Tapping Overview | Hub Guitar

Tapping Overview

What is Tapping?

Pioneered by legendary guitarists such as Eddie Van Halen, this technique uses both fret hand and picking hands to fret notes on a single string. Both hands are executing hammer-ons and pull-offs forcefully enough to cause the note to ring clearly. The note is never picked, and is only articulated as a hammer-on or a pull-off. This allows for cycling quickly between high and low-notes, and the result is a very unique sound only achievable on guitar by using this method.

This is primarily known as a technique for distorted electric guitars. It’s difficult to tap on an acoustic guitar; the electric guitar amplifies the notes and distortion compresses them so that they will ring loud and clear, with strong sustain. However, the determined acoustic guitarist can master tapping as well, especially if willing to make some adjustments to the guitar such as lowering the action.

Let’s start with a tapping pattern that cycles back and forth between two notes. The high note is played by striking the appropriate fret with the middle finger of the picking hand. Repeat these exercises over and over again, very, very slowly. Speed will come in time. The initial note is plucked but after that the tapping and pulling off is all that is needed.

Tapping Example 1

  1. With your fretting hand, fret the note A at the Vth fret of the 1st string.
  2. With your picking hand finger, tap the note D at the Xth fret of the same string. Do not let go of the note on the Vth fret.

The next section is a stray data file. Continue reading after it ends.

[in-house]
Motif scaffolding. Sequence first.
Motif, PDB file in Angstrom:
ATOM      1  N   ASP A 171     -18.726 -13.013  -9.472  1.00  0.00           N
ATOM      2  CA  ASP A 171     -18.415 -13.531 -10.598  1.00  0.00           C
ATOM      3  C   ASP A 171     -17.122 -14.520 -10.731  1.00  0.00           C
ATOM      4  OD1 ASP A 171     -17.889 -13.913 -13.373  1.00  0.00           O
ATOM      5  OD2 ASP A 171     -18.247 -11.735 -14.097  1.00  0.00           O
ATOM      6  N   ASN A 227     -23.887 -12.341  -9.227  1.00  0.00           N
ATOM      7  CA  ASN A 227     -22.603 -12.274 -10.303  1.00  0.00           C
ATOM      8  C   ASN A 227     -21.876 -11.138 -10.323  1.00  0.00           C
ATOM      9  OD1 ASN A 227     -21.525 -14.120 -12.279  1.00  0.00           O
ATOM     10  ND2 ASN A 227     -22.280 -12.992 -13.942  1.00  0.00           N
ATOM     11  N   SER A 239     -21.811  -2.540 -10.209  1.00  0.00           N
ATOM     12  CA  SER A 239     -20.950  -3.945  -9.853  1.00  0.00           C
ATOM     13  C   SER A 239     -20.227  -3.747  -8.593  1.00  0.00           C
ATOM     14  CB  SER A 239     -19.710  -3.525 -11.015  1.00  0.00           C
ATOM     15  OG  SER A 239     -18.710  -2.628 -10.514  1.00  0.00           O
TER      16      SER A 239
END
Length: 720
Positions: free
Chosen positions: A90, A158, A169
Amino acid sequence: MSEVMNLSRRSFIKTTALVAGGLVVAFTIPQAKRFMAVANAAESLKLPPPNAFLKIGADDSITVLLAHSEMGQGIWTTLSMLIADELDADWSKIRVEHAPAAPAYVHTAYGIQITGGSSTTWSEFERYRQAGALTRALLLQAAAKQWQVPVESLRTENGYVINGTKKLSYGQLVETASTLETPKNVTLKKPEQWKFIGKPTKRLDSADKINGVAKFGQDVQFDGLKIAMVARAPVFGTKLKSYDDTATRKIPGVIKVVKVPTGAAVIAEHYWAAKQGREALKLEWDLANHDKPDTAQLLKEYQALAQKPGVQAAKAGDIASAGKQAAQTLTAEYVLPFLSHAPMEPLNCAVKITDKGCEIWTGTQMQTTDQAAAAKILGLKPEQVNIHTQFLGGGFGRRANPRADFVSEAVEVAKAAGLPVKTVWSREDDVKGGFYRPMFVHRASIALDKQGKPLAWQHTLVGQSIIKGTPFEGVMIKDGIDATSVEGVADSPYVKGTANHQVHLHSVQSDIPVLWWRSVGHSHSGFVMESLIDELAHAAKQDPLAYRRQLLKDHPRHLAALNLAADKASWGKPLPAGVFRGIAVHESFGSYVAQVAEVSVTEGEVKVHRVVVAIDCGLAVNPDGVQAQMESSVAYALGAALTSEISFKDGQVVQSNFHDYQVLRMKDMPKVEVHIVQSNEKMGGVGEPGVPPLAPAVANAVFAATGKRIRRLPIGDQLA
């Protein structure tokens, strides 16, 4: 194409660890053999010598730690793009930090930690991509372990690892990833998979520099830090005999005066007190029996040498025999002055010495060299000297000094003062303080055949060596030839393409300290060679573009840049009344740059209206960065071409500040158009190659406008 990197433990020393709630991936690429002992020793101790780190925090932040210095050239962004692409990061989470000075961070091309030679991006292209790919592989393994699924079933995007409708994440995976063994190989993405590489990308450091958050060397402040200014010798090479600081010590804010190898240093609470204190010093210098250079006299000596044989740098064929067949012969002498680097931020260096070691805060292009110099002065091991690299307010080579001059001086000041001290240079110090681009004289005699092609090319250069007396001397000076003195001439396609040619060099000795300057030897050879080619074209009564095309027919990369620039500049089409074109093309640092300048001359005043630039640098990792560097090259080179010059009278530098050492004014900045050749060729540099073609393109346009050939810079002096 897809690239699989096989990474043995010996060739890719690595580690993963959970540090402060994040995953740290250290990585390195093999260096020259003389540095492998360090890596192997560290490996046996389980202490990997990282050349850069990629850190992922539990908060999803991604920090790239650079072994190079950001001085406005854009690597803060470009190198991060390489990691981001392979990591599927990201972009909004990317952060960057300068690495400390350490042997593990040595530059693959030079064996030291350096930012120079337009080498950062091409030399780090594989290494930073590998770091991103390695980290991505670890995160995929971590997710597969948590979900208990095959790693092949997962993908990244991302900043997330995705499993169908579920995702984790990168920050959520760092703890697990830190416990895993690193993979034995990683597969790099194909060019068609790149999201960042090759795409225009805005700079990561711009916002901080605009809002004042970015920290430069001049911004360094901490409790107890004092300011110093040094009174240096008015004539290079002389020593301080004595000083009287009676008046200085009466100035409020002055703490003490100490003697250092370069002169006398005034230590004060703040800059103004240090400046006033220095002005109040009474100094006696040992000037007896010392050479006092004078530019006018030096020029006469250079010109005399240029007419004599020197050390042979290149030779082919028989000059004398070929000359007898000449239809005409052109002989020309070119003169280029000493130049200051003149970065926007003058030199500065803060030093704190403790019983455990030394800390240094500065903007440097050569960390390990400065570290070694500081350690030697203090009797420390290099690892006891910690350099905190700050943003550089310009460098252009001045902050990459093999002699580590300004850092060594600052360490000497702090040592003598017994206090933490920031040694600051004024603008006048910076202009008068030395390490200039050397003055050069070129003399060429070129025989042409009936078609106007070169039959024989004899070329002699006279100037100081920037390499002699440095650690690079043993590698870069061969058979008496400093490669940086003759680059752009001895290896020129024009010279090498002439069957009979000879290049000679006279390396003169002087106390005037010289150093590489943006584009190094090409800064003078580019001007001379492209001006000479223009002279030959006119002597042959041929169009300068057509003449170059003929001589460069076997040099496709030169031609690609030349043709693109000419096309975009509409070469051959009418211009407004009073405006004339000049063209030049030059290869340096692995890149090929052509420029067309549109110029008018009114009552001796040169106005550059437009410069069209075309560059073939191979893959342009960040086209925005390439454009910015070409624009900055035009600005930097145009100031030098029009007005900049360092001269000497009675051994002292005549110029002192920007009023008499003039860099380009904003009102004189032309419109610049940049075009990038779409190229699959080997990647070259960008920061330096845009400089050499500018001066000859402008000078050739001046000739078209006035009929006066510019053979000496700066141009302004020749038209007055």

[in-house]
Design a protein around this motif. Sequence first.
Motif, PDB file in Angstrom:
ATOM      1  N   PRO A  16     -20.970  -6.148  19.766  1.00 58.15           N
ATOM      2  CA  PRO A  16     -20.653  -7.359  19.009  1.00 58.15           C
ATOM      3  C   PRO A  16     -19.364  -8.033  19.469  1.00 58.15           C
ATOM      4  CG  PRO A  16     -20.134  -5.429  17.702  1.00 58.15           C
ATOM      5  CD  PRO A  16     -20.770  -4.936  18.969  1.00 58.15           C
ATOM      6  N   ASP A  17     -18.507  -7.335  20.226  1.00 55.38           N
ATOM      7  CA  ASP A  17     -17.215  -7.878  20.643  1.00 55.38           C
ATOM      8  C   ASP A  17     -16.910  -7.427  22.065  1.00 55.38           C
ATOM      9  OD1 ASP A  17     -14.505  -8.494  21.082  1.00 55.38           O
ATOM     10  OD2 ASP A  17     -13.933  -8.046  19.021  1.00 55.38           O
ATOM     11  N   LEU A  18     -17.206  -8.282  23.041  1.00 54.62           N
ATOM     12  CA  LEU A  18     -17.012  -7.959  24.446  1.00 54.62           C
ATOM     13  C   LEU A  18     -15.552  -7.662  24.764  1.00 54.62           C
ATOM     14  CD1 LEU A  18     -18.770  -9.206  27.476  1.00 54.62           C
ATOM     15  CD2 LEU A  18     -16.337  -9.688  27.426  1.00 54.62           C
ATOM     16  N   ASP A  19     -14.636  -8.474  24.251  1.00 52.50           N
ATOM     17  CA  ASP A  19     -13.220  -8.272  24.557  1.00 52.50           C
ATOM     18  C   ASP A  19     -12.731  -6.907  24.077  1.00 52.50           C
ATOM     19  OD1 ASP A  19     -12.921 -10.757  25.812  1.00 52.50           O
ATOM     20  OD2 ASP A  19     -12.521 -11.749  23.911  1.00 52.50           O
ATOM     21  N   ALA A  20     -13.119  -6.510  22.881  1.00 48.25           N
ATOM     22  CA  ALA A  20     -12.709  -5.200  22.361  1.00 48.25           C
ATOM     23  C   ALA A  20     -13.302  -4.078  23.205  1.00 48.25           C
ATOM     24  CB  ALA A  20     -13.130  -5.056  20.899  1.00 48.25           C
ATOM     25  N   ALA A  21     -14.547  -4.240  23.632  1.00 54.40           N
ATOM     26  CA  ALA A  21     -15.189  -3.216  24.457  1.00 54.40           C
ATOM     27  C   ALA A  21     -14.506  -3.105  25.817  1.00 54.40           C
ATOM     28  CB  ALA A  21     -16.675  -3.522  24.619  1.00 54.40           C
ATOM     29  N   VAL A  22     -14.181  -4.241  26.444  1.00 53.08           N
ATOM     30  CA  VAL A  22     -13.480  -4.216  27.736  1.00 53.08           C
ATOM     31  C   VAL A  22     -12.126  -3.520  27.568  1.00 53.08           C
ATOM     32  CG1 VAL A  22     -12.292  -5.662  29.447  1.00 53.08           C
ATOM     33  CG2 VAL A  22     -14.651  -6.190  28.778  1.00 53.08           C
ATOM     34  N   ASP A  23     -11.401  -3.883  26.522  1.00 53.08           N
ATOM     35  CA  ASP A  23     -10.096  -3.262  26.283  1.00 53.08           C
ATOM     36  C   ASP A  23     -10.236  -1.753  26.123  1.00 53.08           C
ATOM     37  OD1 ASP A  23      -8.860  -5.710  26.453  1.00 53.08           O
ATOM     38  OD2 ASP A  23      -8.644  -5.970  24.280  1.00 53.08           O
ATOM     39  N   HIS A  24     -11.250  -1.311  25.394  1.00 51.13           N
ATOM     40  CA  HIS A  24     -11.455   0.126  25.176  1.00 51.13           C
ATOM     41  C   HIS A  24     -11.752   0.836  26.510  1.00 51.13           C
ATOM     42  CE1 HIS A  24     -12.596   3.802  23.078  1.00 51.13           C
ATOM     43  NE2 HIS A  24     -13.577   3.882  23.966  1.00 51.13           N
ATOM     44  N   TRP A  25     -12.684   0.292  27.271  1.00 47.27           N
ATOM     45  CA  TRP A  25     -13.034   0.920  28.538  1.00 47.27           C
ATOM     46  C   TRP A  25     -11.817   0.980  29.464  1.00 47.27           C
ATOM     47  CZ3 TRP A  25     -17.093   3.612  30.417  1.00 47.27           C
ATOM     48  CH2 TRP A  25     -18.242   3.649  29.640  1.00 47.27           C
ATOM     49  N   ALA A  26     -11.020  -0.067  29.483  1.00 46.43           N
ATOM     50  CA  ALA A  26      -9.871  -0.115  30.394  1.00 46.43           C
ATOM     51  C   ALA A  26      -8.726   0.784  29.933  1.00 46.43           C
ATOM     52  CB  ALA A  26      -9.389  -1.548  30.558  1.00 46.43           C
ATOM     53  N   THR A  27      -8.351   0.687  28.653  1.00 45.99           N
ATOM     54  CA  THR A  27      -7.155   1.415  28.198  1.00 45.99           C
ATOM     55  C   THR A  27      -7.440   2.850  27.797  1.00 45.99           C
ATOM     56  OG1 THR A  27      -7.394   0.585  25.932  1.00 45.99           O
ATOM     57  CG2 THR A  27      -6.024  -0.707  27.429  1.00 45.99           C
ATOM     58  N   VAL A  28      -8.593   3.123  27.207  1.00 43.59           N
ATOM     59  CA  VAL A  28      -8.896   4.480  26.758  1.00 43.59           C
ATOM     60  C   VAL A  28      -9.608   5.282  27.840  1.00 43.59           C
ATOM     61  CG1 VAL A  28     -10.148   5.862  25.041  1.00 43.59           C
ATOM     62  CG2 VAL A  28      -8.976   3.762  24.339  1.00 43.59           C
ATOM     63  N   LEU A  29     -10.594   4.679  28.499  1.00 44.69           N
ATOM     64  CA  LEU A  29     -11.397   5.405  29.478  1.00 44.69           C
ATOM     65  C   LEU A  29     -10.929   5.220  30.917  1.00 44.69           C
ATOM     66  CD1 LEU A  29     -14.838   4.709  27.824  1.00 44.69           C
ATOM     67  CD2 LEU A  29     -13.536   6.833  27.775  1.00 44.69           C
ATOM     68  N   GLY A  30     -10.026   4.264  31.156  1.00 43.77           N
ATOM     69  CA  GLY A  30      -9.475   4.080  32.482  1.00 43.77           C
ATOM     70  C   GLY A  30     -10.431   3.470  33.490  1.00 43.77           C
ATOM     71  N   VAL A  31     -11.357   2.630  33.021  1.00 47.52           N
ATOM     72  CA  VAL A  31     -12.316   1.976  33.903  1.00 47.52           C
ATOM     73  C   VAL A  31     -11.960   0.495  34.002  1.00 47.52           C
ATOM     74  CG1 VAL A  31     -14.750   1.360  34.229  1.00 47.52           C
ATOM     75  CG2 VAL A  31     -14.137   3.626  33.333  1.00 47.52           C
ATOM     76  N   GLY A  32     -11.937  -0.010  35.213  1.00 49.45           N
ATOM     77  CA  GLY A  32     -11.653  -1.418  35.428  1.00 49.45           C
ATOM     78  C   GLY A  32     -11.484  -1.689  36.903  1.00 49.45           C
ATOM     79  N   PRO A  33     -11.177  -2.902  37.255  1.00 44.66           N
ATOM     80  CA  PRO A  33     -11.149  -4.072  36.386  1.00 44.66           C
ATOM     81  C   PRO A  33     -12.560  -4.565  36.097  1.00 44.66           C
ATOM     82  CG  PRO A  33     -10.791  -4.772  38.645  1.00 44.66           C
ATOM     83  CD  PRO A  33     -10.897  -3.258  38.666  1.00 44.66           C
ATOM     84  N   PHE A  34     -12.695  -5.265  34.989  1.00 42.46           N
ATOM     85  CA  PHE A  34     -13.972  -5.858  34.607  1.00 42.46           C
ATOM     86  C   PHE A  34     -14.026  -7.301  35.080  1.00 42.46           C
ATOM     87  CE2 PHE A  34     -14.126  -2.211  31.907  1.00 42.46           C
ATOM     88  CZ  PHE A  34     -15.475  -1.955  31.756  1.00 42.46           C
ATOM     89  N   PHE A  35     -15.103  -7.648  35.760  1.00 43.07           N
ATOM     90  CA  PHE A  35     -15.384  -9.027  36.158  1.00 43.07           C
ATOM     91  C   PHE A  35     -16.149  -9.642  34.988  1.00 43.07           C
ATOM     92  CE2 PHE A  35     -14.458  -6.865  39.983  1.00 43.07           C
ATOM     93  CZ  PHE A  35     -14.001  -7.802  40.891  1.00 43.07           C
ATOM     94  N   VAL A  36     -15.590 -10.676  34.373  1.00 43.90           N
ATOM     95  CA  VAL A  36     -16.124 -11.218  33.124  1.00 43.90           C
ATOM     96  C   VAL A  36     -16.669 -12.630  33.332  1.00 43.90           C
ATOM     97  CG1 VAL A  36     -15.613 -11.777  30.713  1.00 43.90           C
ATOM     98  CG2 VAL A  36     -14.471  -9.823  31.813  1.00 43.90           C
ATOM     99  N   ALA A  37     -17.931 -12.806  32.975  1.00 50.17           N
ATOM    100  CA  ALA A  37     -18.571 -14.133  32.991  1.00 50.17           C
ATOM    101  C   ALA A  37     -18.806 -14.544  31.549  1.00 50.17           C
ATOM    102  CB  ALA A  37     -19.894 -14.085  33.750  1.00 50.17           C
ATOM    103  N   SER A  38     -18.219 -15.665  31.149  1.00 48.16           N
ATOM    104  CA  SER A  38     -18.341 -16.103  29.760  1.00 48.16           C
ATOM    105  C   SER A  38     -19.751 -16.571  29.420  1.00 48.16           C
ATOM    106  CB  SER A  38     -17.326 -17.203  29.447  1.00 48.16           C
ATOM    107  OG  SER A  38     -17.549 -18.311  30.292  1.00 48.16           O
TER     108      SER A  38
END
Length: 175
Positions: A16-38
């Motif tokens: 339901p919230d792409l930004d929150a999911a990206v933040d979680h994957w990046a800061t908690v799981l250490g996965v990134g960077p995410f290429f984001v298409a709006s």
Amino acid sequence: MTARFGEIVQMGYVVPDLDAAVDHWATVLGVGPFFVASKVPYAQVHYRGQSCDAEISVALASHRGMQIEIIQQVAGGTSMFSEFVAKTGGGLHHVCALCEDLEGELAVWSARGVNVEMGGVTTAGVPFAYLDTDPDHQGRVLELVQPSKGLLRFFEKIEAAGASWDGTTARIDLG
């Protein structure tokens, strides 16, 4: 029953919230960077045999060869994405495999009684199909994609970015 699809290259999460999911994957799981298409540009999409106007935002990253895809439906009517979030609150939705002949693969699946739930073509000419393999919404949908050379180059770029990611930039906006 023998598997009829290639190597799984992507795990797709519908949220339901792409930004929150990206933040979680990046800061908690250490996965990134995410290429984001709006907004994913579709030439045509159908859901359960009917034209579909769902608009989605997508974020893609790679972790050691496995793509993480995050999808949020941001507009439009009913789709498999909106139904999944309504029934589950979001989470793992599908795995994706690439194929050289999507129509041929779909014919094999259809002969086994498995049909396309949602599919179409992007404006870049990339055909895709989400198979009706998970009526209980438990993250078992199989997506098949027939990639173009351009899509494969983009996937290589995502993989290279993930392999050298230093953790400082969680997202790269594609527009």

3. As you release the tapped note, use a pull-off to re-articulate the note A.

Tapping Example 2

Now, let’s cycle the high, tapped note so that it alternates with another note above it. Pull-off with the same finger that did the tap.

  1. Fret the note A at the Vth fret of the 1st string.
  2. Tap the note D at the Xth fret of the same string.
  3. Pull-off of the note tapped with the picking hand
  4. Tap the note E at the XIIth fret with the picking hand.
  5. Pull off again—and repeat.

Tapping Example 3

We can also cycle the lower, fretted note with a nearby note. It’s best to fret the lowest note in the pattern with your first finger.

  1. Fret the note A at the Vth fret of the 1st string.
  2. Tap the note D at the Xth fret of the same string.
  3. Pull-off of the note tapped with the picking hand
  4. Hammer on to the note B of the VIIth fret, using the fretting hand.
  5. Pull off again—and repeat.

We can also tap our way up and down an entire scale. Notice that as the gap between the fretted note and the tapped note widens, it becomes harder to tap, for two reasons: first, the frets are getting smaller and thus harder to play accurately and second, the string tension is lower as you move towards the middle of the string length and therefore you have to push harder activate the relatively loose string.

Combining The Tapping Patterns

To make our tapping patterns more decorative, we can combine tapping with fret-hand hammer-ons from above.

Key Exercises

  1. With the first finger of the fret hand on “A” at the fret V, tap up and down the A minor scale. Very slowly.
  2. Tap fret X and fret XII, back and forth.
  3. Tap the X and fret XII back and forth while hammering on the fret VII.

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